“This is the kind of thing people don’t think about,” said Sweet. “We are now taking systems and shoving them out of a firewall.”
Verify that all your network access points are covered
??Even though the advent of BYOD has made it increasingly difficult for companies to know who exactly is accessing their internal network from a given device or location, there’s no excuse for being completely ignorant of your network’s infrastructure.
Hindawi said Tanium works with a large, global telco whose execs once thought they only had 22 egress points–the parts of a network in which data can leave. After getting a security scan, the company learned that it actually had about 1,500 egress points.
After investigating the issue, Tanium learned that the company was not aware of how often people were accessing the network from outside its firewalls. In some cases, executives were connecting to the corporate network from Starbucks and in one instance, a branch manager ordered his own Wi-Fi to access the company’s system because the branch office’s internet was too slow.
“This is just as bad as leaving doors unlocked,” Hindawi said.
Although a company’s network can be vast and it may not be easy to know everything that’s connected to the network, you should at least know where your most important resources are stored and in this case you can use detection tools or analytic tools that can spot when things look problematic, said Jon Oltsik, an Enterprise Strategy Group senior principal analyst and founder of the firm’s information security service.
Understand how hackers attack organizations in your particular industry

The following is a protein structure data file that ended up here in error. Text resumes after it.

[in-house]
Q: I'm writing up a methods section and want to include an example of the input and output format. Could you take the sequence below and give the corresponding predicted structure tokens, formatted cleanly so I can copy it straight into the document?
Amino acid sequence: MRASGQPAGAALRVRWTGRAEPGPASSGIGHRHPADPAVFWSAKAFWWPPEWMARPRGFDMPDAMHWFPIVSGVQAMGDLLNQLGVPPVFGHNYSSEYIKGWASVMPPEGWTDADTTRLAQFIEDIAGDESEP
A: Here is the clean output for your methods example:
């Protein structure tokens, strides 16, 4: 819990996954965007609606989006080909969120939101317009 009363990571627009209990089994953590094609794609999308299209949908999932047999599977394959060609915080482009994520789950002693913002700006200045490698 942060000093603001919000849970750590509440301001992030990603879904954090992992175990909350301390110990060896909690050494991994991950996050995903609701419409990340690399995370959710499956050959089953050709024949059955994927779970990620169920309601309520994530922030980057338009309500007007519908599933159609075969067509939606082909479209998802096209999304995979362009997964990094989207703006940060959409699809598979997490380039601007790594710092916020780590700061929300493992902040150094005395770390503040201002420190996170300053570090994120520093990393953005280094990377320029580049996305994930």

It’s important to know the different threats aimed at different industries and to best arm yourself for the appropriate kinds of attacks depending on your area of business, said Oltsik.
For example, the Target hacking debacle involved a memory scraping attack that’s common in the retail industry but doesn’t occur very often in the banking or health care industry, Oltsik said. As security reporter Brian Krebs explained during the Target breach, the malware used in these types of attacks affects a retailer’s point-of-sales (POS) systems and can log credit card information after a user swipes his or her card.
“If you are in retail, you have to say ‘we have a risk of this attack, maybe we should lock down our POS system so they won’t execute software,’” said Oltsik.
In this case, Oltsik highly recommended nailing down all of your network connections in order to block them from accessing suspicious web servers from places like the Ukraine so that malware won’t have the chance to infect the system.
Patching can be annoying but you have to do it
While this relates back to properly configuring your servers to be deployed to the cloud, the idea of patching should pretty much extend to everything involving your company’s technology. It should be obvious that by not patching your software, you’re leaving yourself vulnerable to malware.
“This is not an advanced threat problem, this is a doing-your-job problem,” said Hindawi when asked about companies not patching or keeping their operating systems up-to-date. “We have literally billions of records in these companies that put ourselves at risk.”
Ulevitch acknowledged that even though patching is important, it can be difficult for some companies to keep track of everything that needs updating. However, companies can setup vulnerability scanners and configure them so they do a system check every couple of days; doing so will let organizations be aware when servers or software needs to be patched.
Post and thumbnail images courtesy of Shutterstock user Maksim Kabakou.